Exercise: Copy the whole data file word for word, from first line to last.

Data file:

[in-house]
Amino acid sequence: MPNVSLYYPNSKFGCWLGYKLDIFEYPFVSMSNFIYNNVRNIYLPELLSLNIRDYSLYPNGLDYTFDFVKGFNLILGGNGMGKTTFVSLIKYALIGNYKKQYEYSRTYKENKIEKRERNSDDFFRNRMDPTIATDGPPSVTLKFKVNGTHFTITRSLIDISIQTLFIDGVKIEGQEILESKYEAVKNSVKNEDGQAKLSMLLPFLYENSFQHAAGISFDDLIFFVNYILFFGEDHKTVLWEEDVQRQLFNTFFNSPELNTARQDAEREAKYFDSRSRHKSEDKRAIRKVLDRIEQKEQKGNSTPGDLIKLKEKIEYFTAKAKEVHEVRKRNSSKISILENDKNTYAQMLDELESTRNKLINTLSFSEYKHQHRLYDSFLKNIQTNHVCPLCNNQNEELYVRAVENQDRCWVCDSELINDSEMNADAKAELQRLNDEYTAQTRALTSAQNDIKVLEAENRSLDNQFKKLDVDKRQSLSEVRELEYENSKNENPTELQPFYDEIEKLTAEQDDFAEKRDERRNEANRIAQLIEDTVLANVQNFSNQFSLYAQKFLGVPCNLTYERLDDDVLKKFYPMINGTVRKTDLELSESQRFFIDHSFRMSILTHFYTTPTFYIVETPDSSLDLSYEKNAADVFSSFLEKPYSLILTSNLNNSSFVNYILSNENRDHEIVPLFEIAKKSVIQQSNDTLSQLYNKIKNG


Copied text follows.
[in-house]
Amino acid sequence: MPNVSLYYPNSKFGCWLGYKLDIFEYPFVSMSNFIYNNVRNIYLPELLSLNIRDYSLYPNGLDYTFDFVKGFNLILGGNGMGKTTFVSLIKYALIGNYKKQYEYSRTYKENKIEKRERNSDDFFRNRMDPTIATDGPPSVTLKFKVNGTHFTITRSLIDISIQTLFIDGVKIEGQEILESKYEAVKNSVKNEDGQAKLSMLLPFLYENSFQHAAGISFDDLIFFVNYILFFGEDHKTVLWEEDVQRQLFNTFFNSPELNTARQDAEREAKYFDSRSRHKSEDKRAIRKVLDRIEQKEQKGNSTPGDLIKLKEKIEYFTAKAKEVHEVRKRNSSKISILENDKNTYAQMLDELESTRNKLINTLSFSEYKHQHRLYDSFLKNIQTNHVCPLCNNQNEELYVRAVENQDRCWVCDSELINDSEMNADAKAELQRLNDEYTAQTRALTSAQNDIKVLEAENRSLDNQFKKLDVDKRQSLSEVRELEYENSKNENPTELQPFYDEIEKLTAEQDDFAEKRDERRNEANRIAQLIEDTVLANVQNFSNQFSLYAQKFLGVPCNLTYERLDDDVLKKFYPMINGTVRKTDLELSESQRFFIDHSFRMSILTHFYTTPTFYIVETPDSSLDLSYEKNAADVFSSFLEKPYSLILTSNLNNSSFVNYILSNENRDHEIVPLFEIAKKSVIQQSNDTLSQLYNKIKNG